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2014 Pool Software, Inc. ALL RIGHTS RESERVED
Safety is the most important factor to consider when using or caring for your pool.
Please read all of the pages contained within this section, and make a habit of practicing basic
safety in the use and care of your pool and equipment. Also, read your equipment owner¡¯s
manuals carefully. When you see blue underlined text you can click to open up more
information on that particular topic. In this section, we will discuss four main subgroups of
safety: Chemical Safety
Water Safety
Electrical Safety
Equipment Safety
The following GENERAL SAFETY RECOMMENDATIONS are supplied by the CPSC and the
APSP and provide an overview of the various safety aspects mentioned above. Remember
you do not know which pool safety step can save a life!
Set pool rules and stick by them.
Never dive in an above ground pool or shallow water.
Nine out of ten diving injuries occur in six feet of water or less.
Post depth markers to accurately identify the pool depth.
Keep these basic safety items by the pool at all times:
Water Safety Video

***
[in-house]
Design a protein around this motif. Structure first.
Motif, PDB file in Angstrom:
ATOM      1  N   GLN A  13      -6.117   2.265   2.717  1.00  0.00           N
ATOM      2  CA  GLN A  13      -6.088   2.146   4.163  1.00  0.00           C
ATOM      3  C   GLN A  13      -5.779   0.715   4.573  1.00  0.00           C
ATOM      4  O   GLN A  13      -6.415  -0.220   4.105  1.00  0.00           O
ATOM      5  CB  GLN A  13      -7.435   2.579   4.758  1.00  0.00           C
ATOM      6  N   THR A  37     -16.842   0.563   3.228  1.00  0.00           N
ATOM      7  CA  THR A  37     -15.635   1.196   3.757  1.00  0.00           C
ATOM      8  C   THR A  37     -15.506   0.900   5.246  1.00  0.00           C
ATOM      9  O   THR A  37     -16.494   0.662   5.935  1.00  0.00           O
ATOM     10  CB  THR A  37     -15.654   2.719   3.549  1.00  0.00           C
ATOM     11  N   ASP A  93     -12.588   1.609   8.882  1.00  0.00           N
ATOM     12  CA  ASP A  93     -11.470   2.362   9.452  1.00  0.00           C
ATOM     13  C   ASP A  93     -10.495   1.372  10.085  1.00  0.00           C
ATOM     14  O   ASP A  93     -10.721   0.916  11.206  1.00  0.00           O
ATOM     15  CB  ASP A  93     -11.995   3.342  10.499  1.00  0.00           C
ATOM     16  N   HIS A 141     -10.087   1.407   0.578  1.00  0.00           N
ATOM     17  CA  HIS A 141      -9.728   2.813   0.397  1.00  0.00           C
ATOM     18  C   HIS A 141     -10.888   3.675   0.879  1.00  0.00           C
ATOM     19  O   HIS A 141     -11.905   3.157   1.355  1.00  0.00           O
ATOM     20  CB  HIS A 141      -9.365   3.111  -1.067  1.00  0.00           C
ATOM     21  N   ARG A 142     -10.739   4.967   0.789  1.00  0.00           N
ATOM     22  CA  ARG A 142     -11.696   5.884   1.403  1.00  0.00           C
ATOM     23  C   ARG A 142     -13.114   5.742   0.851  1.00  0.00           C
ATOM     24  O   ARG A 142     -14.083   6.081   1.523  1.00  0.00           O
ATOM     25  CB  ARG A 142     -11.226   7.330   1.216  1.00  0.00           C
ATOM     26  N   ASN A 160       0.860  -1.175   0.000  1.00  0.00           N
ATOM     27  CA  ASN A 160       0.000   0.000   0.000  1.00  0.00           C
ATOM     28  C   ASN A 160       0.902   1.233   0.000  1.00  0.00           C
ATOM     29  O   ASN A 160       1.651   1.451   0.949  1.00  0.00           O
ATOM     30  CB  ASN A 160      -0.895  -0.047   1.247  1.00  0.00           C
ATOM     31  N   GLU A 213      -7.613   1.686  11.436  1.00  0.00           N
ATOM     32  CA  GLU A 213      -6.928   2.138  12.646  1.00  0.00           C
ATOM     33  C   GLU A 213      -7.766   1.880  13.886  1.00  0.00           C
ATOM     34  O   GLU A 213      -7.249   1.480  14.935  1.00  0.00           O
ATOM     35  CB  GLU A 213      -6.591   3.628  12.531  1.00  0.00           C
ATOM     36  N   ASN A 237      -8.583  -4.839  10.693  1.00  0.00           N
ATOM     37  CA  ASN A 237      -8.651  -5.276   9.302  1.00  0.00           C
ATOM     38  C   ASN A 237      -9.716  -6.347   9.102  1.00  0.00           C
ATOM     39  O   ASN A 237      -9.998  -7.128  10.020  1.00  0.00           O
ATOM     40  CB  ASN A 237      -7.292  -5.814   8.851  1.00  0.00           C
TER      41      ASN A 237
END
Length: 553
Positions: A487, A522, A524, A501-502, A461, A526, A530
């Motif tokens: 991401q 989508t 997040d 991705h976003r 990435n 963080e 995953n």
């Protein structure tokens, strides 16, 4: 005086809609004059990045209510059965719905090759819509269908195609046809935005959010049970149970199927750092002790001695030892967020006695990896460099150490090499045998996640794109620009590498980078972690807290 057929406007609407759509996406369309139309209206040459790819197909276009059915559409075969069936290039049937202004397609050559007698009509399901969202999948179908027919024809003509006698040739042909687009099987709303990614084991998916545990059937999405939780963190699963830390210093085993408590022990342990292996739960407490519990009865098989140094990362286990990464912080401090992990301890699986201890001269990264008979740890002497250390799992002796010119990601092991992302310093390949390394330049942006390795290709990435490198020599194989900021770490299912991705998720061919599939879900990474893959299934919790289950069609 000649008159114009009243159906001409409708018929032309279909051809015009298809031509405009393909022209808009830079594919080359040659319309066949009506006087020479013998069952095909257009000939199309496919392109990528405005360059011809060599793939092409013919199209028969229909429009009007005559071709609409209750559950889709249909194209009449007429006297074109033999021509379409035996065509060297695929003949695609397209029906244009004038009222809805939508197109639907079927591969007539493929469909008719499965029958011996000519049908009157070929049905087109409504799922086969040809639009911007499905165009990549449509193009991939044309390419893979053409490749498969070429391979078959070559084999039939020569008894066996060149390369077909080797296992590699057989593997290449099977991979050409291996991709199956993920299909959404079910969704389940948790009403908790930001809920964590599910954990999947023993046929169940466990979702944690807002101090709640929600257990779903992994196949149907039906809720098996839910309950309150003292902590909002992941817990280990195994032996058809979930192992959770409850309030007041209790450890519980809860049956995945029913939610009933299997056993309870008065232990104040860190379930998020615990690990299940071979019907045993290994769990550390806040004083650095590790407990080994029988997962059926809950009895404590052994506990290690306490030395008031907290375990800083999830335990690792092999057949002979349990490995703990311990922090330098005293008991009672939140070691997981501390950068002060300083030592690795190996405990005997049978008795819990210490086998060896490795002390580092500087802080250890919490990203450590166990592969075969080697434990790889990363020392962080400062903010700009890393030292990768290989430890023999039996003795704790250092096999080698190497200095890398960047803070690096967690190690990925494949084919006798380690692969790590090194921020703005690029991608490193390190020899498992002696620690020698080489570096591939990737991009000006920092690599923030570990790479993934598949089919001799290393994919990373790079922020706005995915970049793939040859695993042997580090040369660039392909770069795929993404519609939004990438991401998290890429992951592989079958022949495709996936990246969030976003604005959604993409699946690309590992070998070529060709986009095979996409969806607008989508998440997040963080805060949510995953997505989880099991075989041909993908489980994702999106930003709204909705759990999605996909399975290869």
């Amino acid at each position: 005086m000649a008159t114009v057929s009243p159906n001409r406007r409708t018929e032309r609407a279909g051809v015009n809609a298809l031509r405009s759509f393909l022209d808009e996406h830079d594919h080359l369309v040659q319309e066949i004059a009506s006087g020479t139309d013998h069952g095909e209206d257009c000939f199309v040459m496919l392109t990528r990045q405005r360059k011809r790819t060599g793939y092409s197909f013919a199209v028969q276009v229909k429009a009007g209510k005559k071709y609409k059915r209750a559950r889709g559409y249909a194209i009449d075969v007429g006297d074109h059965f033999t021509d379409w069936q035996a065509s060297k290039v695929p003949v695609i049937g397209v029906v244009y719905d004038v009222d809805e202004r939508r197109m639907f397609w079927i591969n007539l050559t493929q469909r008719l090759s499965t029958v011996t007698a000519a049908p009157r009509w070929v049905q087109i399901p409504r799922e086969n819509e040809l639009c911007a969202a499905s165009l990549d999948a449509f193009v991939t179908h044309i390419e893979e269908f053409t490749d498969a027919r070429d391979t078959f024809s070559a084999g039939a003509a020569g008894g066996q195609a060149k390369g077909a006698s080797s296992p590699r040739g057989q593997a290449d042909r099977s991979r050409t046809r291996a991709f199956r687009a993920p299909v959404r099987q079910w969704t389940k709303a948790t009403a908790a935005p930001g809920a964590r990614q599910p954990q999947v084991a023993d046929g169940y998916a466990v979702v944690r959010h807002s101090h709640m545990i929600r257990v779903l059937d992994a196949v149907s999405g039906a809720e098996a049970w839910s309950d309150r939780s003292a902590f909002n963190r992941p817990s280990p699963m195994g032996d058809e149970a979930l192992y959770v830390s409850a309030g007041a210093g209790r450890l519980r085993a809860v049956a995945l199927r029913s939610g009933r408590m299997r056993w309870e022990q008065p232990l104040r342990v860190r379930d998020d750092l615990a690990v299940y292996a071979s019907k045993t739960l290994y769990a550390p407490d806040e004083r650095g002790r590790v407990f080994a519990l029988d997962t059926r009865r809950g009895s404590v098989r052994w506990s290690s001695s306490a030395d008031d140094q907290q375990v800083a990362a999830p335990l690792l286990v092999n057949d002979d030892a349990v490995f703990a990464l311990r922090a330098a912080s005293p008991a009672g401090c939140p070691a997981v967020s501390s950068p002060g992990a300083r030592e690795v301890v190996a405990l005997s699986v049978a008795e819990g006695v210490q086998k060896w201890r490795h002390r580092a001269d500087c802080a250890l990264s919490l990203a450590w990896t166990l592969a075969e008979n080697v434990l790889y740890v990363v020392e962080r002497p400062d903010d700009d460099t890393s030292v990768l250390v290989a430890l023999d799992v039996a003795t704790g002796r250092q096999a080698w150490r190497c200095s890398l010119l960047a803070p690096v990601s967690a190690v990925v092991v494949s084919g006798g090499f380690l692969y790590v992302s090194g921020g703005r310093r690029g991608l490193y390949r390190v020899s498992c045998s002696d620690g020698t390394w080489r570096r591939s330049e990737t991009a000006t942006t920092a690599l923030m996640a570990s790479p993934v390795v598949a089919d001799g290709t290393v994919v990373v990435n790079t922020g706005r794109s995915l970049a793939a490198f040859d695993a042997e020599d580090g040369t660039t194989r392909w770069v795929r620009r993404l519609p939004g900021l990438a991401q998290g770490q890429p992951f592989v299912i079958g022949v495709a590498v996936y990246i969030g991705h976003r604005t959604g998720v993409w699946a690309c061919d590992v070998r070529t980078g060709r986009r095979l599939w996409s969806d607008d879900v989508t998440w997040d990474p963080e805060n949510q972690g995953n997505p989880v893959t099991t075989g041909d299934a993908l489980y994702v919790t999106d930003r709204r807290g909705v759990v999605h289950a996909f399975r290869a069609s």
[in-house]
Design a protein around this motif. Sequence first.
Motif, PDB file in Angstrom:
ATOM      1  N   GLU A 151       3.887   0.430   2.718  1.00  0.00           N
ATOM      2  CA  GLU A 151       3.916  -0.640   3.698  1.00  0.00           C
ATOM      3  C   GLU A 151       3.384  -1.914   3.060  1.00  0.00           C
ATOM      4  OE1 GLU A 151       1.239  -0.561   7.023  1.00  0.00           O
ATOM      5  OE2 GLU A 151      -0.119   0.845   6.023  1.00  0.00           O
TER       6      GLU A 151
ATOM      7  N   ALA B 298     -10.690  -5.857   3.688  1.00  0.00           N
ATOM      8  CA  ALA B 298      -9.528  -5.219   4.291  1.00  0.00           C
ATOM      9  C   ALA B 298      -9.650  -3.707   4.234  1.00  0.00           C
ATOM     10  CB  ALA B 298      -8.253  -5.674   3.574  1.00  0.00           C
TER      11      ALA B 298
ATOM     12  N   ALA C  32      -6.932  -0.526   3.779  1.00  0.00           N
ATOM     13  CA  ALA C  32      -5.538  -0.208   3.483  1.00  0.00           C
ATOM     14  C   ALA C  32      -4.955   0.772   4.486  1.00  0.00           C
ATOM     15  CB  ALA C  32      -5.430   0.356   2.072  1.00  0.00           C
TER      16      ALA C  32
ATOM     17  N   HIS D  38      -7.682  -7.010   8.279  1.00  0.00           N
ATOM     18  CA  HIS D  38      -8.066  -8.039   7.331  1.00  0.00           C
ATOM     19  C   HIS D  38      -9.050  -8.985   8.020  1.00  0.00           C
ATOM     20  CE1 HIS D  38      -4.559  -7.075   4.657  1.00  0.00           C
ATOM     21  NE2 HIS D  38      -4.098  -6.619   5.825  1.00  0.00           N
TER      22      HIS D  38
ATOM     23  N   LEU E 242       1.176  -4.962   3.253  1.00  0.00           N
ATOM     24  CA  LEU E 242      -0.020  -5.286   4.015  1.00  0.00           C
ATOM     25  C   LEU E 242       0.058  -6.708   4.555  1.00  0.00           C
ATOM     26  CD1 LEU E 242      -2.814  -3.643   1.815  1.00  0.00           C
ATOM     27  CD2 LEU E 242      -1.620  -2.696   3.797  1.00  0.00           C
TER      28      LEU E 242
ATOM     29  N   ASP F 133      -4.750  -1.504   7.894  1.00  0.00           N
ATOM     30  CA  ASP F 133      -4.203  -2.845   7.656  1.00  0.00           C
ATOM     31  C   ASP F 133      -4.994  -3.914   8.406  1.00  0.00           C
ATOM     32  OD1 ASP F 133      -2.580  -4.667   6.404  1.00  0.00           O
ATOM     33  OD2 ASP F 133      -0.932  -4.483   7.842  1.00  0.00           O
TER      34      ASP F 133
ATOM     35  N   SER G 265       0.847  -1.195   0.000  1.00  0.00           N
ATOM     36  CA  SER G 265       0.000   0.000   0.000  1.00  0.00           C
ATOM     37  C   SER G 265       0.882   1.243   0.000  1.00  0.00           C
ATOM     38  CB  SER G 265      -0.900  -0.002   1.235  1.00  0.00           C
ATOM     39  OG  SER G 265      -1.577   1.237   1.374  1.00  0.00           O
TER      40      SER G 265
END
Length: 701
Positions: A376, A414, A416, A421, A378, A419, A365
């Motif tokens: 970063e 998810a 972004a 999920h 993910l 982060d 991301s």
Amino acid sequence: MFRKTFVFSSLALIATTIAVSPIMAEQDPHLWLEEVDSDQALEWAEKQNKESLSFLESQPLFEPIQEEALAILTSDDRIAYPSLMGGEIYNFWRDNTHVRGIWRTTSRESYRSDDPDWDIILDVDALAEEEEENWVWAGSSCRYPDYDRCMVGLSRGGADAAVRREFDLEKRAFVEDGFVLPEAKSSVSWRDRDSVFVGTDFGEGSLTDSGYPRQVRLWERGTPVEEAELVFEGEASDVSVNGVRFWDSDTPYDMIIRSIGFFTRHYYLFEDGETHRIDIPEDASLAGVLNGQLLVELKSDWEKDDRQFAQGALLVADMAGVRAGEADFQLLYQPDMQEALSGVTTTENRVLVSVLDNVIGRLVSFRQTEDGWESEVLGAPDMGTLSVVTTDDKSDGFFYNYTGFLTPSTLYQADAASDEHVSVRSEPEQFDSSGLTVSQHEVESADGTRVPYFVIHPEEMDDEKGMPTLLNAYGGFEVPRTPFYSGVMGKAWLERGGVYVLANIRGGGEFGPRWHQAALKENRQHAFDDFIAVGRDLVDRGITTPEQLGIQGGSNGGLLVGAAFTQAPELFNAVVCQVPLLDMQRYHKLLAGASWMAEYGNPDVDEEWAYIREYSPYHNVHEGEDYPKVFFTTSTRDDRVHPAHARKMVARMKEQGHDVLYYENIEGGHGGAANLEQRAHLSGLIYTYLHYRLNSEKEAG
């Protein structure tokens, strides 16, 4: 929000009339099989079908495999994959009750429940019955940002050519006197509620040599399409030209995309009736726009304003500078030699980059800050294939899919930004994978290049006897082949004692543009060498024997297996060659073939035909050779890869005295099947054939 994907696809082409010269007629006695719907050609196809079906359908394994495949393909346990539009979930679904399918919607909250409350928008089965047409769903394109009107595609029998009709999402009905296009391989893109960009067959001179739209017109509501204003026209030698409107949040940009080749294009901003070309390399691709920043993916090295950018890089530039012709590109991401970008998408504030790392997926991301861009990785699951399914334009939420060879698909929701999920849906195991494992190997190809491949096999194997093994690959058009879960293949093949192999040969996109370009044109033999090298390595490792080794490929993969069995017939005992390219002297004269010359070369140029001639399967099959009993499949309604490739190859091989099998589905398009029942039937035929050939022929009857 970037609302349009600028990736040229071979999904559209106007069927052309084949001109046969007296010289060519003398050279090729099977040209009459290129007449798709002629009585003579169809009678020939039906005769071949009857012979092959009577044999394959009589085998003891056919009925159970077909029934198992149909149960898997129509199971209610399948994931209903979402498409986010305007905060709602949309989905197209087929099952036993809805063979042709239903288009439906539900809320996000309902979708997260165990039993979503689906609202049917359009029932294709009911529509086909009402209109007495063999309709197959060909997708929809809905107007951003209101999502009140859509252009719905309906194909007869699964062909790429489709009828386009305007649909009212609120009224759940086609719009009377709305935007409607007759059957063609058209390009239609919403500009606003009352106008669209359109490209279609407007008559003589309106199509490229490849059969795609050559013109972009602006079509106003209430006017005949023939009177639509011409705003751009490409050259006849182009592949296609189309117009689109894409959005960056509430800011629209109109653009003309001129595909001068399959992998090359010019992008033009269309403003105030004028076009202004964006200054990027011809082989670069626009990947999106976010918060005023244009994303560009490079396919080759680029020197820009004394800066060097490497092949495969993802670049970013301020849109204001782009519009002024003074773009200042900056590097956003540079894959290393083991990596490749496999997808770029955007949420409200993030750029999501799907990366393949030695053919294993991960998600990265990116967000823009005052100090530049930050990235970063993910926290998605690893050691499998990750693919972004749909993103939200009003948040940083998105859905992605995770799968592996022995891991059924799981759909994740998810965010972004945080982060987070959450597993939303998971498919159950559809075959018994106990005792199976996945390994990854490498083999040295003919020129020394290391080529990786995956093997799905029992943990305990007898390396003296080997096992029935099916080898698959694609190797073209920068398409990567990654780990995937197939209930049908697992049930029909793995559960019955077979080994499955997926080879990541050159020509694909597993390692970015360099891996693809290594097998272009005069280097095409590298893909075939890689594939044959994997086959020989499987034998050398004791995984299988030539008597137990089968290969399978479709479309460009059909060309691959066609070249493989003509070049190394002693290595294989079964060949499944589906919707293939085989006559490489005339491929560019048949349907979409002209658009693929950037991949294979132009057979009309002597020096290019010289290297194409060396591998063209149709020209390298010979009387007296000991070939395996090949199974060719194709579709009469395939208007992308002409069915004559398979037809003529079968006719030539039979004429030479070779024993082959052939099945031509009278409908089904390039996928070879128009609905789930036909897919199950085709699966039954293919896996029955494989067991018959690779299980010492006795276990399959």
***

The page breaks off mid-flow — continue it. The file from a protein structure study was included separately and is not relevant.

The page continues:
1. Shepherd¡¯s crook or long-handled hook
2. Life ring preserver-coast guard approved
3. First aid kit including written instructions on how to administer CPR
Never leave children unattended or even out of eye contact in your swimming pool.
Make sure pool is inaccessible to children when unsupervised or you are away from home.
Don't leave toys around the pool or in the water. They could encourage an unsupervised
child to enter the pool area.
Follow instructions for assembly and use of a ladder.
Locate the ladder on a solid base
Face the ladder when climbing
Use the hand grips
One person on the ladder at a time
No running or pushing on the ladder
Swing-up ladders should be raised when leaving the pool unattended¡ªeven for a moment.
Make sure you are aware of local requirements concerning fencing around pools.
It is a good idea for all family members to become familiar with CPR (Cardio-Pulmonary
Resuscitation). Training is normally available from a number of different groups, i.e.,
American Red Cross & YMCA.
In case of emergency, call 911 immediately. It is a good idea to have a cordless phone
available in the pool vicinity. Keep the following emergency phone numbers posted near
the pool:
Poison control
Be aware and prepared for unsafe weather conditions.
All swimmers should leave the water immediately as soon as you see or hear a storm to
prevent possible electrical shock.
Keep all chemicals sealed and out of children¡¯s reach. Always follow all directions on label.
Never mix chemicals together.
Always add chemicals to water, never the reverse.